GP practice, their engagement with NHI and possible human resource modelling must be examined and tested for costs and quality. Quality care by GPs is possible in SA32 despite problems33; however, thought needs to be given to the PHC teams’ skills hierarchy to ensure accountability, with reward and responsibility built into provider markets.28,34 Risks, and appropriate management of these risks, need to be studied on the path to contracting with GPs under NHI in SA.28 Developing larger numbers of GPs through postgraduate training in family medicine is a useful opportunity for the NHI.35 The South African government needs to clarify its stance on contracting with GPs and explore innovative solutions from amongst GPs.8,28 The emerging role of family medicine in SA and Africa can help guide this project.3,4,8,28,36,37

The strength of this study lies in its national reach. Threats to validity include self-selection bias by respondents’ interest and only GPs with emails being included. The low response rate and assumptions on risk pools and utilisation in the NHI proposal were also limitations. There is also limited information to support a practice list of 10 000, apart from African experience in team-based task shifting in PHC.10,38 The study is limited by the veracity of arguments for NHI,5 a key reference point for assumptions in this study. Generalisation of the results to SA should be carried out carefully, but the study offers insights into the views of GPs working in group practice in SA.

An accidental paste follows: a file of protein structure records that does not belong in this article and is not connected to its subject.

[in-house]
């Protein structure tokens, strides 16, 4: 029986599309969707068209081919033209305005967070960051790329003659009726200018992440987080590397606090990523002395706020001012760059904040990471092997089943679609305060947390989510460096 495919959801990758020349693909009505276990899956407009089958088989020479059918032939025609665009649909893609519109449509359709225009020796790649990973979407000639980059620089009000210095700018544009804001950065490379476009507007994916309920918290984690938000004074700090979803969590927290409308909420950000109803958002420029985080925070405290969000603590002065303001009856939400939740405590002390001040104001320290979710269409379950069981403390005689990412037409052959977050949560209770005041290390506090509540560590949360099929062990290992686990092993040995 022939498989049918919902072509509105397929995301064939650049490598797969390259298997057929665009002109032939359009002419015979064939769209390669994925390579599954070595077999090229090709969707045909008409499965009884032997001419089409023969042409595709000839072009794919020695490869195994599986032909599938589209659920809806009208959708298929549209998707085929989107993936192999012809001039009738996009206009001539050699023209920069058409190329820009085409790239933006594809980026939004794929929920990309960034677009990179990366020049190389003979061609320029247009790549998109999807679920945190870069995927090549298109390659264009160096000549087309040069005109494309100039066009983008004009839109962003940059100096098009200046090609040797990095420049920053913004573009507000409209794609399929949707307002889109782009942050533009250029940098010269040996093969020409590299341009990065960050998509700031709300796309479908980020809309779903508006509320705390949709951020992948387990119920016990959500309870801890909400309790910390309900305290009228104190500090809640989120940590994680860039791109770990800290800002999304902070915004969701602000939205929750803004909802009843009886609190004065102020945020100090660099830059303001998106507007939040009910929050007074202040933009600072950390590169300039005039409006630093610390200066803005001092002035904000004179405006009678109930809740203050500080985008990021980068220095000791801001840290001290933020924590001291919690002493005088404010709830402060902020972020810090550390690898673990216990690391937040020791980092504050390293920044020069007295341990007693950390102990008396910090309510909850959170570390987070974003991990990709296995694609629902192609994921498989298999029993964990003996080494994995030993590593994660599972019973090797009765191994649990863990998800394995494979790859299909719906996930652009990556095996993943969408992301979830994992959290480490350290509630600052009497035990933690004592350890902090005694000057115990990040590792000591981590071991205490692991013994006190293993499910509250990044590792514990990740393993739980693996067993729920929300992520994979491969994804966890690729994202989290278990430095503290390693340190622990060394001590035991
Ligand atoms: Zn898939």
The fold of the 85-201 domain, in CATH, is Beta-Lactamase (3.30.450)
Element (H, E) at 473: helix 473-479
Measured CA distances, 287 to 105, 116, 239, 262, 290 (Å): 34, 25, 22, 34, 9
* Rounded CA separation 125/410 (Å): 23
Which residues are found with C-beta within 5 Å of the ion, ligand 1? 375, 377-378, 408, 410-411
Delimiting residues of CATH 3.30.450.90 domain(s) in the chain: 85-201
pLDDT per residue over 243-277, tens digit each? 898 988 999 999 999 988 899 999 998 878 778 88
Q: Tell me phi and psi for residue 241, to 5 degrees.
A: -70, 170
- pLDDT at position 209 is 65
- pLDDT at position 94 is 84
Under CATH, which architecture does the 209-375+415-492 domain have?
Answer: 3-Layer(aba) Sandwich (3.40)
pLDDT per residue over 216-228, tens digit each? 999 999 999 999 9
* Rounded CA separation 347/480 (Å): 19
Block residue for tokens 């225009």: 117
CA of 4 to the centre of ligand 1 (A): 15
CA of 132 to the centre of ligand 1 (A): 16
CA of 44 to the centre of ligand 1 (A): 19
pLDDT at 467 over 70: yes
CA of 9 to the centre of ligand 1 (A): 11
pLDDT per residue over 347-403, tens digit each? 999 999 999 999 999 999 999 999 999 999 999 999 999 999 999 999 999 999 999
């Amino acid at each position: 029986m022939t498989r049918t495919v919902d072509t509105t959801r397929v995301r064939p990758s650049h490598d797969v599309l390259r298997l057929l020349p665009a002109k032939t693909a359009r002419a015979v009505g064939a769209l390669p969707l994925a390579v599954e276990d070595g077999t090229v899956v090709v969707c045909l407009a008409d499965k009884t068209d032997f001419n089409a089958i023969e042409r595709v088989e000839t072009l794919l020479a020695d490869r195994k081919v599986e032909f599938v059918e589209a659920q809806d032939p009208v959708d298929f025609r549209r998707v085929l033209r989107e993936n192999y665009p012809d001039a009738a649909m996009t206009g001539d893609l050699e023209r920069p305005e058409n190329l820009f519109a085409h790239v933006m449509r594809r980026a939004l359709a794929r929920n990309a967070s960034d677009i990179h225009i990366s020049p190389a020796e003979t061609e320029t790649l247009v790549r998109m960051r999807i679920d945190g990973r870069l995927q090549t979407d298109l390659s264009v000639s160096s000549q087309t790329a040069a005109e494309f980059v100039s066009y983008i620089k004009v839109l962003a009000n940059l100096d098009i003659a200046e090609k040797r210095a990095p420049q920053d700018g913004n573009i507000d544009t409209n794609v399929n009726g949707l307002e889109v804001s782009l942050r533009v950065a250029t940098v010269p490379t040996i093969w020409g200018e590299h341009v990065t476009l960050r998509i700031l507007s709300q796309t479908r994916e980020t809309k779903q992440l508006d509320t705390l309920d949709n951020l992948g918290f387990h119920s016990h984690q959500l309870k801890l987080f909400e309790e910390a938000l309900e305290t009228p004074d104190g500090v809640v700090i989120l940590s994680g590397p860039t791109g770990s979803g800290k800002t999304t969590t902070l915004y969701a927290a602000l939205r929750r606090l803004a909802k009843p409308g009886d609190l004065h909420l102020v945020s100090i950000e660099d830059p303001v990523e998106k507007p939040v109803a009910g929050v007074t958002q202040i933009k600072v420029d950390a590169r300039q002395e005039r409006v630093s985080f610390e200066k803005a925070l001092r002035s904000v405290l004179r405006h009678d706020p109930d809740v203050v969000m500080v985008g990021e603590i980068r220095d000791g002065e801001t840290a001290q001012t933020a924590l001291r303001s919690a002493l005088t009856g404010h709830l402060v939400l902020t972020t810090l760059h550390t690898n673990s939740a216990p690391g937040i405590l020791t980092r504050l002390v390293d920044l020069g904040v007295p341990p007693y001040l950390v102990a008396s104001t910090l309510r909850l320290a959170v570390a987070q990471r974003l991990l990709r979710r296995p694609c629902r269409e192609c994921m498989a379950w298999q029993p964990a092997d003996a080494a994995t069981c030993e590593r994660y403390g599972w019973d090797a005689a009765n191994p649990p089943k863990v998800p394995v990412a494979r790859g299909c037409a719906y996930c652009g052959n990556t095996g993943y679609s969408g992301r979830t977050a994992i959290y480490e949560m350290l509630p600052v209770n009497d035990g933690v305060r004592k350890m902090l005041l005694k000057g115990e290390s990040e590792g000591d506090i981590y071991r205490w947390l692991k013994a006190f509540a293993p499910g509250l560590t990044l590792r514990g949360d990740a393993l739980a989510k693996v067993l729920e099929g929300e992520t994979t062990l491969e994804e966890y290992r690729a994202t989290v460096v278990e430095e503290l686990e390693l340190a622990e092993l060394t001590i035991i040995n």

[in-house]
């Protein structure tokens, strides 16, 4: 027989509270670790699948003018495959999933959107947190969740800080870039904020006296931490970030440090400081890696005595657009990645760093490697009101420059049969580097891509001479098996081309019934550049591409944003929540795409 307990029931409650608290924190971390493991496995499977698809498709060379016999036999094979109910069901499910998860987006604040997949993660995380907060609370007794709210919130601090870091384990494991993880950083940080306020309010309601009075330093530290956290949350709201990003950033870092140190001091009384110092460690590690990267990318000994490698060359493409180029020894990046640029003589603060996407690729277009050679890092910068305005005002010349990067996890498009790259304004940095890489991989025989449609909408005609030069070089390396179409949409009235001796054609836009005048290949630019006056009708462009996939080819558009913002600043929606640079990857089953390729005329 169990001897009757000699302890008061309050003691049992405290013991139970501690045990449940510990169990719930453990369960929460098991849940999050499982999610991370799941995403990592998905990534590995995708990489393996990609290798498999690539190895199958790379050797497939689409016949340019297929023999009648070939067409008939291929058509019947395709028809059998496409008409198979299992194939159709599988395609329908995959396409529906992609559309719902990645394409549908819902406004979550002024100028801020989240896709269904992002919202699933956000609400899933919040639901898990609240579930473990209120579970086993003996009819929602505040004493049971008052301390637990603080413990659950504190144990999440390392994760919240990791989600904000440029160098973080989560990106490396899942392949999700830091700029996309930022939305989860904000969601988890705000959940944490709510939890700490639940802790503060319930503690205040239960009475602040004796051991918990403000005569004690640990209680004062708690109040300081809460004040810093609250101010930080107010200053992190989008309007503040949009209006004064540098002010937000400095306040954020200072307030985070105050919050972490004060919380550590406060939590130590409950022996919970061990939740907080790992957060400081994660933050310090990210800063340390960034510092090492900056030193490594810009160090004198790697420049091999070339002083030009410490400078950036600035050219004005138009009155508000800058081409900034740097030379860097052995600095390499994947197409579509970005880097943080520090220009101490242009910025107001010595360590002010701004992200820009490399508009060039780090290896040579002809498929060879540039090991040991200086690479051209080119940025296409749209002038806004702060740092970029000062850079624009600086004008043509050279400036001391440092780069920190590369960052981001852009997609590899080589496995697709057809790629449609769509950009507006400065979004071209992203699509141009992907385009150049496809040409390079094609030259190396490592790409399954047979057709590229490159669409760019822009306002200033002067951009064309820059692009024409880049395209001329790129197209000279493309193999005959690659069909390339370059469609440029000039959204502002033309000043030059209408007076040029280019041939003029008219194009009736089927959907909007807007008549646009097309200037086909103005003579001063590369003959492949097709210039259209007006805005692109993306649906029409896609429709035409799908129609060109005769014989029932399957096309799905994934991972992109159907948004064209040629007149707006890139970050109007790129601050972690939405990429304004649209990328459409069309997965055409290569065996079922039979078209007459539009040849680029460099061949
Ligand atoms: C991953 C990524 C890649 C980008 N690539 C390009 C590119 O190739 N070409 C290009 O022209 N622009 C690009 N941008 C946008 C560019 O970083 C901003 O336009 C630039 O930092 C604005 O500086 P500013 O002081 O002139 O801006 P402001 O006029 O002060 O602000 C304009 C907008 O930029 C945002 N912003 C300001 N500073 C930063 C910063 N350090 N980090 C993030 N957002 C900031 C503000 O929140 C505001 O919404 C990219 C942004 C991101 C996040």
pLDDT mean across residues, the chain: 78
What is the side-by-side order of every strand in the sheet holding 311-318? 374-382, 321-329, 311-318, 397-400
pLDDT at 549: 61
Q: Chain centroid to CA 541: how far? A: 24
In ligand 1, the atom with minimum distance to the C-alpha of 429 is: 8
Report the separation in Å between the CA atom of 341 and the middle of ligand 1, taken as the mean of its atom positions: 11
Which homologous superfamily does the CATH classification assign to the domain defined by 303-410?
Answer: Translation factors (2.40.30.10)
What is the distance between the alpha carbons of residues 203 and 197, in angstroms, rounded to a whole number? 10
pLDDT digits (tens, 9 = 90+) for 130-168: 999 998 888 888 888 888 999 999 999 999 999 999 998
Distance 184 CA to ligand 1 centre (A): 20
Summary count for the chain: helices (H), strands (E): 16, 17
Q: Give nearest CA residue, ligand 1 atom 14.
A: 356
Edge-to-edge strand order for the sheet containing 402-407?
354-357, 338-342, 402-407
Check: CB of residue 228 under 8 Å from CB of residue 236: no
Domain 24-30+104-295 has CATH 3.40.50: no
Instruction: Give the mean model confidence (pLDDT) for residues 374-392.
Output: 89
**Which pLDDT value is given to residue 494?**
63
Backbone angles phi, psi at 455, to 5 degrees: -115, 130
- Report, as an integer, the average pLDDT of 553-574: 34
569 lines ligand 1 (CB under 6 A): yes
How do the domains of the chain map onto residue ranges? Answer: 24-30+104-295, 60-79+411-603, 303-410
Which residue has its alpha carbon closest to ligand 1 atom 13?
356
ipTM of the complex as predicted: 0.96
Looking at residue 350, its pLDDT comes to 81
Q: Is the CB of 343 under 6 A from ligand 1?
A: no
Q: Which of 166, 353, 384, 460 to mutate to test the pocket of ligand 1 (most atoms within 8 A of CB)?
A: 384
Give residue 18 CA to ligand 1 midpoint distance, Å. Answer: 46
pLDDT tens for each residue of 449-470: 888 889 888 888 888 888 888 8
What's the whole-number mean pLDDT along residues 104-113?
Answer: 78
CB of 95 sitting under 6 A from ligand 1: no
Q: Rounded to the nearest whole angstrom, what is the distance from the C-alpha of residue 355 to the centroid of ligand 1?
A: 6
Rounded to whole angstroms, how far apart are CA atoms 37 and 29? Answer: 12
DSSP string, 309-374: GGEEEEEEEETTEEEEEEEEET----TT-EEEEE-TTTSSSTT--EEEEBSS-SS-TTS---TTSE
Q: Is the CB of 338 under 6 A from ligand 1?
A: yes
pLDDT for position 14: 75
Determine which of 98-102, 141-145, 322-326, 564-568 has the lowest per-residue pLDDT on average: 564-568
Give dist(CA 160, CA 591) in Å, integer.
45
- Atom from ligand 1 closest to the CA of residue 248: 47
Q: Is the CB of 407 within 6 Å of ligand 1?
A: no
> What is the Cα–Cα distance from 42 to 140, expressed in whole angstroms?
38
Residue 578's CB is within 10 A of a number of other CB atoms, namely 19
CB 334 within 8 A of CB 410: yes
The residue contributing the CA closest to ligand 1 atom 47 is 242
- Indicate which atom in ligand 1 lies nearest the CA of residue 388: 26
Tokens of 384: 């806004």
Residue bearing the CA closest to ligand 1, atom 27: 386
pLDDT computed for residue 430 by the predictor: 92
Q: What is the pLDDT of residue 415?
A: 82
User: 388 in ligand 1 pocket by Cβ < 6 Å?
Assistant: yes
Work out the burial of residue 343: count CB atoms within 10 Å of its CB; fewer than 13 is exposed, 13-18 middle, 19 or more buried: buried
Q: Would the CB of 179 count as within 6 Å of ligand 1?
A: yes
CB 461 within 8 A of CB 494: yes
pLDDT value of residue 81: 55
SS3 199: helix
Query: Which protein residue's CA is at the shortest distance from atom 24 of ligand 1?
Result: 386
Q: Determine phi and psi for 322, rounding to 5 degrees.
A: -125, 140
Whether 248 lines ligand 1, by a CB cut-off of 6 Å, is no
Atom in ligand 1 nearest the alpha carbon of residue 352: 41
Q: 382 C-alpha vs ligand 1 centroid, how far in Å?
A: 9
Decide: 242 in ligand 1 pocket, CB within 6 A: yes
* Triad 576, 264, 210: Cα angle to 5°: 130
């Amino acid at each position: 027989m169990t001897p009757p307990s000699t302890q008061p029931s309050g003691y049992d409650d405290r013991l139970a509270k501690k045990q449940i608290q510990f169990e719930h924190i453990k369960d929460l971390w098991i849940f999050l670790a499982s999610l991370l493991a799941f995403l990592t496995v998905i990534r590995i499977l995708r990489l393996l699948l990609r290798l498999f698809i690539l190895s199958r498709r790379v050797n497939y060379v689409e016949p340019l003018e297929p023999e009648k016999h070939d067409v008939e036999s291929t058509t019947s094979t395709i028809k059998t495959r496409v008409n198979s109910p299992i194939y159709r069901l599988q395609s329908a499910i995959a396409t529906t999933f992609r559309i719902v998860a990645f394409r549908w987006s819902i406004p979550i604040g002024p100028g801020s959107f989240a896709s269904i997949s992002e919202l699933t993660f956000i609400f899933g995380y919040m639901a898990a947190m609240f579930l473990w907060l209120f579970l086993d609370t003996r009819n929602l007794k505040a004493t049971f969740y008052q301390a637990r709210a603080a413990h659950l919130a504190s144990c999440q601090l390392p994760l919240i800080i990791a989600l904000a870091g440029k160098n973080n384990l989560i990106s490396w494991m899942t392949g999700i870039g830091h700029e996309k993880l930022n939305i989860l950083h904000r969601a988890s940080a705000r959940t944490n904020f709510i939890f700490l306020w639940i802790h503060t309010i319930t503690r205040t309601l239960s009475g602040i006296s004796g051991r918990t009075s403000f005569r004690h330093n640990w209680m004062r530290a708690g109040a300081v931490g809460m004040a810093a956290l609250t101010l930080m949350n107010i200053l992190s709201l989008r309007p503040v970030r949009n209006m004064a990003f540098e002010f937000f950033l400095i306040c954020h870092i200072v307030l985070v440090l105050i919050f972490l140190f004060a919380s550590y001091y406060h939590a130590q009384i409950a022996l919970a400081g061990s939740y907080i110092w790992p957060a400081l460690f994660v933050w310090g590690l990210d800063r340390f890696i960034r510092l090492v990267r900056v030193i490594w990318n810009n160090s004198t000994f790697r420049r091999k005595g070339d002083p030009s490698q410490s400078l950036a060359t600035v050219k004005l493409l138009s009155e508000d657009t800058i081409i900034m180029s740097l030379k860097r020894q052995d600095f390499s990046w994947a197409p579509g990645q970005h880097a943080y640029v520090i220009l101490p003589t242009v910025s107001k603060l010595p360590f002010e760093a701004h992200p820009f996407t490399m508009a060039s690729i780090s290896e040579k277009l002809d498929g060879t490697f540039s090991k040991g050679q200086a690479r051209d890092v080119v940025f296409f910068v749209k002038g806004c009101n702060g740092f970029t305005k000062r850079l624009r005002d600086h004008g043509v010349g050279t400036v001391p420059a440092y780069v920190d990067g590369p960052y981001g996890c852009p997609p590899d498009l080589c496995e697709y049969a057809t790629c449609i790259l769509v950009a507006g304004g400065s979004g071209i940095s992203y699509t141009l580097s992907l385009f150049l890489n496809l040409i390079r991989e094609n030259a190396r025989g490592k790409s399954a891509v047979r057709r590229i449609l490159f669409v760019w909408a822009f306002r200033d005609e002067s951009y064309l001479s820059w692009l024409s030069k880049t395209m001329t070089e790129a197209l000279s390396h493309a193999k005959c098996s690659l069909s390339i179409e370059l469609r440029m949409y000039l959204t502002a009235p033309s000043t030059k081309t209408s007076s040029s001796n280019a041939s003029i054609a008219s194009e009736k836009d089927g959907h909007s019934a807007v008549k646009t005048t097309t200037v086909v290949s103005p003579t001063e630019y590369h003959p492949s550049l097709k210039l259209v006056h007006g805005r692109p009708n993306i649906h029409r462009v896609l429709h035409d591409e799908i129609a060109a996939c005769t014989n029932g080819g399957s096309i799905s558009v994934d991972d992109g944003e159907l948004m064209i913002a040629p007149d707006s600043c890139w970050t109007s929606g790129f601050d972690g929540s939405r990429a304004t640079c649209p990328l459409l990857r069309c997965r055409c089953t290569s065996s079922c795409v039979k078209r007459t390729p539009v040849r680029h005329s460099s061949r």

Conclusion

Whilst much of the global primary care system is based on solo doctors delivering first contact care, there is an international imperative towards team-based care (including nurses, family physicians and community health workers).39 GPs in groups and solo practice in SA can competitively contract in the NHI, although population risk and risk management are of concern. NHI contracting should not be limited to groups. All GPs embraced strong teamwork, including using nurses more effectively. This aligns well with the emergence of family medicine in Africa. NHI capitated models of service delivery in SA, based on integrated PHC teams led by GPs, may offer lessons globally for universal health coverage in poorly resourced settings with robust private sectors, and needs to be further evaluated.

Acknowledgements

Competing interests

The authors declare that they have no financial or personal relationship(s) that may have inappropriately influenced them in writing this article.

Authors’ contributions

S.M. conceptualised and undertook the research with J.L.and T.C.

S.M., J.L., T.C., W.P. and A.C. were involved in the analysis, drafting and finalisation of the manuscript submitted.